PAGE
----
This blog post is Unfiltered
Update: This post does not live up to its original title
We are building a better Heroku. It shows my own personal experience and reflects poorly on competitors. I am sorry about that.
It should have emphasized the building part, we're just starting. The current 5 minute production app doesn't hold a candle to Heroku at the moment. It should have made it clear the goals is to improve the speed with which you can configure a production app, not a development app. Development apps on Heroku are already close to perfect. The examples in this post are contrived since it talks about a development app, as rightly called out by Heroku people. It should have gone into why hyper clouds might be preferable. It should have talked about state, we made a small improvement in this MR but we should have done the planned work and made one post out of it.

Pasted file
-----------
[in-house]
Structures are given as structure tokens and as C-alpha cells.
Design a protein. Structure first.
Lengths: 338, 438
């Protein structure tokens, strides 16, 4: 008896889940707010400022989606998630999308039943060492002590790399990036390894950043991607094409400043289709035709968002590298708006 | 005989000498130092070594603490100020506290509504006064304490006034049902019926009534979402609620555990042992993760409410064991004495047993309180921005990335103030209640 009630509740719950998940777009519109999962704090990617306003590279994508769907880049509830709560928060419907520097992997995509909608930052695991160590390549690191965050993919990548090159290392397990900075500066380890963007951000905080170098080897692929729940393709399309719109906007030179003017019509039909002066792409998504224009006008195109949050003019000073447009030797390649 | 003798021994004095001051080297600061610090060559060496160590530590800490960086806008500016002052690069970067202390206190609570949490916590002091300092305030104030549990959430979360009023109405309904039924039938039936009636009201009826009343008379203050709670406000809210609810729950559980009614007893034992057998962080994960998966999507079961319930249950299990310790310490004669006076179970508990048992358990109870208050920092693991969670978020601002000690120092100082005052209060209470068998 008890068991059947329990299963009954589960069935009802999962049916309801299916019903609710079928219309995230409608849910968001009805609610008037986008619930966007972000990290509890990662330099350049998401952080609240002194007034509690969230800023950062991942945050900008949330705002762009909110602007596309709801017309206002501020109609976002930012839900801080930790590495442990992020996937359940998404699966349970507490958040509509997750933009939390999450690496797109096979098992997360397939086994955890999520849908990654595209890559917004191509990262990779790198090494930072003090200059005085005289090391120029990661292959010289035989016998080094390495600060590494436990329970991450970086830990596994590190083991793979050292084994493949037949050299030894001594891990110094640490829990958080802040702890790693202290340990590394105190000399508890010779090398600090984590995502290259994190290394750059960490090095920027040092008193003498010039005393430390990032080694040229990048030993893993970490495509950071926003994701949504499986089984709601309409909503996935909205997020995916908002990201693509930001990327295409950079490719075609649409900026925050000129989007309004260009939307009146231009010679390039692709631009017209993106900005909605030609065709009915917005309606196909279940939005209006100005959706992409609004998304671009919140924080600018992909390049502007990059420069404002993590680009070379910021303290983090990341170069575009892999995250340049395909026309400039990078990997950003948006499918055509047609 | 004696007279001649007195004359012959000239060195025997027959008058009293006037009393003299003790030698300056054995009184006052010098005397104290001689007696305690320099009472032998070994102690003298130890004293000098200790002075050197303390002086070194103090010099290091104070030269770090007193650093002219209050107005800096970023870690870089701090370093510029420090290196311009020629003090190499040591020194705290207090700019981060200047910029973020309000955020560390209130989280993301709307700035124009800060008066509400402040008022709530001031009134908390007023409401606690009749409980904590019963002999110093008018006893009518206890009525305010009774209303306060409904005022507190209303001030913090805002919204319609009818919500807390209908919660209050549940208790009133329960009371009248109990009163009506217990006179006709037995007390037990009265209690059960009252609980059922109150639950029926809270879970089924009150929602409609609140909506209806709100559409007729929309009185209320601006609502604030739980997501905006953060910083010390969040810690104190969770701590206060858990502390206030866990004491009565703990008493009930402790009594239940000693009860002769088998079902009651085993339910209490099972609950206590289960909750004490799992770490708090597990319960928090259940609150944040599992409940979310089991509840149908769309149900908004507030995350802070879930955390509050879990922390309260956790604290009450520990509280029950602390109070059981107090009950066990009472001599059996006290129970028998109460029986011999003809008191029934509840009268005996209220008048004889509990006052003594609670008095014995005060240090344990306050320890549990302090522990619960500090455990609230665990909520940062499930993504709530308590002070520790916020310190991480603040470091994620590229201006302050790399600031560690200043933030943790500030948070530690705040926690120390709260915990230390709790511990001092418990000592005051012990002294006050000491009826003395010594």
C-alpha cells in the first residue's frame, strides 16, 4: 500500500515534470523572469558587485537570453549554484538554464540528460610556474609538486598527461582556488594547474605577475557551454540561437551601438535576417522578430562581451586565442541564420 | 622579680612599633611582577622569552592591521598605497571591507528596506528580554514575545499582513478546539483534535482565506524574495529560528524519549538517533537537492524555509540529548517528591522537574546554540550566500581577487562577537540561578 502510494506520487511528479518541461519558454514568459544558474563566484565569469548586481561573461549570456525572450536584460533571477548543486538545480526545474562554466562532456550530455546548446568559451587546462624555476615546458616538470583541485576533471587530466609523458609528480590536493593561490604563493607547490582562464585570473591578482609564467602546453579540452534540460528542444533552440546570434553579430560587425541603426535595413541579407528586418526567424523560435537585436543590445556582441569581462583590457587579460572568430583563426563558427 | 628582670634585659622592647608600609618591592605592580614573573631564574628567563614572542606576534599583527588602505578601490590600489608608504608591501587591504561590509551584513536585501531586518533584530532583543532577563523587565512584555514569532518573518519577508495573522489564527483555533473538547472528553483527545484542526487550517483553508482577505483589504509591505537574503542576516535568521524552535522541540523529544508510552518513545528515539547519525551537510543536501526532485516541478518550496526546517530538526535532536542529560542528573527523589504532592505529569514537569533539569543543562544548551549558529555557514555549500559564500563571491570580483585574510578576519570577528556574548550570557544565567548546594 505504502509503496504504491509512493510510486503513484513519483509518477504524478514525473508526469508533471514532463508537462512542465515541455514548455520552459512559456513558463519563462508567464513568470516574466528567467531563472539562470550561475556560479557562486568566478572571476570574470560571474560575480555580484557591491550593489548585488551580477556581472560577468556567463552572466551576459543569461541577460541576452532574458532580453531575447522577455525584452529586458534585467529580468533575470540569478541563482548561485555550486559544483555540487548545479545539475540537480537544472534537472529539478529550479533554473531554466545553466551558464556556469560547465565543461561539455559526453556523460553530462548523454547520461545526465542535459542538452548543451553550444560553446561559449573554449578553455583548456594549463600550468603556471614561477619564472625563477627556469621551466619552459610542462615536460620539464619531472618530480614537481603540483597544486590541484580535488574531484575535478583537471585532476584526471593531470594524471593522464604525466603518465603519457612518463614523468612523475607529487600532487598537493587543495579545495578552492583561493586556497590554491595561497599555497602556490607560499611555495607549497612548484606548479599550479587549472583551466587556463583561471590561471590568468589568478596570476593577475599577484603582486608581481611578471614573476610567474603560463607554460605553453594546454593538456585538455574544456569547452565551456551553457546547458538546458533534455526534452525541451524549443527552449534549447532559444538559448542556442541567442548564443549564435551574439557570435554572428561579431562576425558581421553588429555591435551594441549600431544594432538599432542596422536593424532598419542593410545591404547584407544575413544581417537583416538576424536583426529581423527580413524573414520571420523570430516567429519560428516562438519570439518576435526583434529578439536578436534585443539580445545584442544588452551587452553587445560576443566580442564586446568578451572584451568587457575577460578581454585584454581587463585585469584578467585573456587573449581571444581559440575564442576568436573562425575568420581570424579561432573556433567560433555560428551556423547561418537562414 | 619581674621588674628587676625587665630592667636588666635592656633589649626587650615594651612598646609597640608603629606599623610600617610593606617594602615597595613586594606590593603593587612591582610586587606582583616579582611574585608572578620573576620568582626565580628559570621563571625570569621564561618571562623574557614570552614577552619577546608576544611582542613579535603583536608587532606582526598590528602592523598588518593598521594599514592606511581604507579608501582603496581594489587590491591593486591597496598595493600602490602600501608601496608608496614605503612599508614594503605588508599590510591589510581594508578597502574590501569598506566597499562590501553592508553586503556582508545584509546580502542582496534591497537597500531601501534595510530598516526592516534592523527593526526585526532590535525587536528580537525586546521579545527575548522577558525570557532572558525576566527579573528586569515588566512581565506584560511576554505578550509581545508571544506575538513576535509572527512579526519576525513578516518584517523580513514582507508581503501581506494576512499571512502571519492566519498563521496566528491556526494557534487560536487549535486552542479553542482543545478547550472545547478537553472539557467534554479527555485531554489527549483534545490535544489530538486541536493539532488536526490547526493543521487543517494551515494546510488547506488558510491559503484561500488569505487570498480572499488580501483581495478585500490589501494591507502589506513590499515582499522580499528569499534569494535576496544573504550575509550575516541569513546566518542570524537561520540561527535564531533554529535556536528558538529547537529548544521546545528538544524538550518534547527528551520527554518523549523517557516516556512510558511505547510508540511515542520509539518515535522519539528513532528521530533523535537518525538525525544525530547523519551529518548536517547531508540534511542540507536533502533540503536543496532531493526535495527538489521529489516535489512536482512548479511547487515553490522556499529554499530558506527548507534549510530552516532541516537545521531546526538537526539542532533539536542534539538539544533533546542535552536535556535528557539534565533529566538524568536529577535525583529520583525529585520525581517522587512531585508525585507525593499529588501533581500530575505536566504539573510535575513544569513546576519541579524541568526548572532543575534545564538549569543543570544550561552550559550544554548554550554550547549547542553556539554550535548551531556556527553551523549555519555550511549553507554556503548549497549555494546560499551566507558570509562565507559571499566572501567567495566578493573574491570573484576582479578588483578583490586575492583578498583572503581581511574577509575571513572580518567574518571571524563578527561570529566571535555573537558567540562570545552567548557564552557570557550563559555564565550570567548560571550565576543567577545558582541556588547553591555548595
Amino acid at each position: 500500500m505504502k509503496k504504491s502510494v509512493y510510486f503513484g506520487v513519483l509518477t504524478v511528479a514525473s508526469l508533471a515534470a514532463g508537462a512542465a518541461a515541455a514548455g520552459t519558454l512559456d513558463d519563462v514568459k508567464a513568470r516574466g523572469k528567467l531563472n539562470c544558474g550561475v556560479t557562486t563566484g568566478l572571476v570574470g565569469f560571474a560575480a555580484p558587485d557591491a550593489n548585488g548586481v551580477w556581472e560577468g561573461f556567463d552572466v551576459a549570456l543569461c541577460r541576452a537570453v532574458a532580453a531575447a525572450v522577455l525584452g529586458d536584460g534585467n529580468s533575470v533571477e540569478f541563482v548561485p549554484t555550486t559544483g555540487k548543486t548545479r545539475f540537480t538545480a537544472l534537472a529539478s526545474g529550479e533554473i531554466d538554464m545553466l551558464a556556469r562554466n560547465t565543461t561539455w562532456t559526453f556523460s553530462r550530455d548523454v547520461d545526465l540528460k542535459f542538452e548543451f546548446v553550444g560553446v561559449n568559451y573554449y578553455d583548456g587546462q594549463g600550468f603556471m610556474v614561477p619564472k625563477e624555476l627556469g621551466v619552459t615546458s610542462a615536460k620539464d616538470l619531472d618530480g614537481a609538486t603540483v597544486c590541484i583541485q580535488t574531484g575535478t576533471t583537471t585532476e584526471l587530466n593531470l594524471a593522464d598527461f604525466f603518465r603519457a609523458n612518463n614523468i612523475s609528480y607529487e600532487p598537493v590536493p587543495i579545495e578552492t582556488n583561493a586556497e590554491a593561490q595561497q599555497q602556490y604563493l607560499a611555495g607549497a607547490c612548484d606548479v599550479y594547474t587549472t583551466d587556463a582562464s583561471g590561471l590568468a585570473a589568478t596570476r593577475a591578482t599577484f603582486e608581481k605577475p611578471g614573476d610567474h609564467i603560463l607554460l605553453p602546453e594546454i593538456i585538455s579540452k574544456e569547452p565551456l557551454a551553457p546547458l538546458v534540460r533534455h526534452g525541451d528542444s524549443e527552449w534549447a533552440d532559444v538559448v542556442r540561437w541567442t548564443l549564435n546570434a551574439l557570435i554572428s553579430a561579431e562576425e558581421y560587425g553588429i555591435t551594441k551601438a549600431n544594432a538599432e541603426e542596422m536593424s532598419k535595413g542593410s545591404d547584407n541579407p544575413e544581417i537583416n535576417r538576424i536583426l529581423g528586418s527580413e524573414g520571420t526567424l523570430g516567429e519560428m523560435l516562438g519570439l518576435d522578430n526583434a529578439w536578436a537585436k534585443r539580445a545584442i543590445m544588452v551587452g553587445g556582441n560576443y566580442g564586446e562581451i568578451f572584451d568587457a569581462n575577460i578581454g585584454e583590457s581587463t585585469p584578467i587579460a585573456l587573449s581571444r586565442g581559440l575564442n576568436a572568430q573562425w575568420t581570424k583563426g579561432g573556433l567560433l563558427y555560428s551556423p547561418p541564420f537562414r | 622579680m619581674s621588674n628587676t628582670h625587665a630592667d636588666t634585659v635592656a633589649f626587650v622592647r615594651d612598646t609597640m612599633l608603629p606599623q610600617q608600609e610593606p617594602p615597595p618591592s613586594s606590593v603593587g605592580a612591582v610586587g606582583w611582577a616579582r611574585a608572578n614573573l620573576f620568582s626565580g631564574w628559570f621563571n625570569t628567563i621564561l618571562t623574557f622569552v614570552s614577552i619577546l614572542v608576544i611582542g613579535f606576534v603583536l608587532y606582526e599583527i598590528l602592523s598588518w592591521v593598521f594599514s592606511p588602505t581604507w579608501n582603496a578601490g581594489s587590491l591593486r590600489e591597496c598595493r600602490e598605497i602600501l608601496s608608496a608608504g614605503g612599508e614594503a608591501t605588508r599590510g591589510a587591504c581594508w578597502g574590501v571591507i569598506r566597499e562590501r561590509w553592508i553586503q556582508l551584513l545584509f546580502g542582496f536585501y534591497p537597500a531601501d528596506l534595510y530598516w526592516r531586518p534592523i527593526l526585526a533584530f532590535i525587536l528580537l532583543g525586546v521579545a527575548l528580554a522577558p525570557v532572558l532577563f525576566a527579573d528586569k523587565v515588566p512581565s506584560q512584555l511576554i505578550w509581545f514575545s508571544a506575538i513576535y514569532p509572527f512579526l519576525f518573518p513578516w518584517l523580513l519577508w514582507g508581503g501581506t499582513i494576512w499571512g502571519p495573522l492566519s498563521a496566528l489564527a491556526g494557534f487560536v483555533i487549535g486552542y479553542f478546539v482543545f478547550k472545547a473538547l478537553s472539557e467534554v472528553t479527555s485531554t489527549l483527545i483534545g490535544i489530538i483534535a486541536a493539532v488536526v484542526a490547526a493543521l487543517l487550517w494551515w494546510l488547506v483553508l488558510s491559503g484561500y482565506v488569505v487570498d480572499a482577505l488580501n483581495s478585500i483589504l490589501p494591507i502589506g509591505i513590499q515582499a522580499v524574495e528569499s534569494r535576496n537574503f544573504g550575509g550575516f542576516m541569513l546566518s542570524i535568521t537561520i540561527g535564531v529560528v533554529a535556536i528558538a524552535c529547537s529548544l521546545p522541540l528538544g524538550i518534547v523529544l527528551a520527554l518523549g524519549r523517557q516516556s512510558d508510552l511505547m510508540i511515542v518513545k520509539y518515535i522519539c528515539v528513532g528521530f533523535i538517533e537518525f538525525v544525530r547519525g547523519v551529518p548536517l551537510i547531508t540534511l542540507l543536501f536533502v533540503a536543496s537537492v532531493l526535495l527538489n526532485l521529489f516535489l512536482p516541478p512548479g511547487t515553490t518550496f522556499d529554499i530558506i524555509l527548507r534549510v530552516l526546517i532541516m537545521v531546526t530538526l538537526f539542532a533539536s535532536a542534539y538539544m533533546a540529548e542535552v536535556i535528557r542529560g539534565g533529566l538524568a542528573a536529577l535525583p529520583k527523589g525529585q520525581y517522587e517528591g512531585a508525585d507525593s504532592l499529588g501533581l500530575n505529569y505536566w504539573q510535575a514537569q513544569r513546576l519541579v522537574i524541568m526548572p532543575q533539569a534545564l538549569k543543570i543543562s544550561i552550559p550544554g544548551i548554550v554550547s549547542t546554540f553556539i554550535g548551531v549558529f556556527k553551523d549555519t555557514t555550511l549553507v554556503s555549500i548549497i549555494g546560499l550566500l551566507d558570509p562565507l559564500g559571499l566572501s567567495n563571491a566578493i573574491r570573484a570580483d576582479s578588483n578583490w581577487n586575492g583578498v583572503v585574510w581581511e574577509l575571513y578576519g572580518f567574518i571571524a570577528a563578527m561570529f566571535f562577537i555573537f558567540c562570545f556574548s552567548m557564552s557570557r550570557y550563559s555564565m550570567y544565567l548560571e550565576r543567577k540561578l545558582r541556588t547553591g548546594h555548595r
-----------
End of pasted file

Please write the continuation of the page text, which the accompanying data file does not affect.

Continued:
We are very far from a better Heroku for production apps in a hyper cloud.
Creating a web application has become very convenient and easy. You’ll start in your local development environment, run a dev server and verify the changes looking good. At a certain point, you want to share it with your friends on the internet. A service or server?
Let's start with creating an account, login, and follow the web instructions to create a new app in the documentation.
$ cd ~/dev/opensource $ git clone https://github.com/kubowania/battleships $ cd battleships
Test it locally, optional.
$ npm install $ npm start
Install the Heroku CLI, on macOS with Homebrew.
$ brew install heroku/brew/heroku $ heroku autocomplete
This opens a new browser window to login. Lets create an app.
$ heroku create Creating app... done, ⬢ nameless-mountain-48655 https://nameless-mountain-48655.herokuapp.com/ | https://git.heroku.com/nameless-mountain-48655.git
The CLI command adds a new Git remote called
heroku where we need to push into.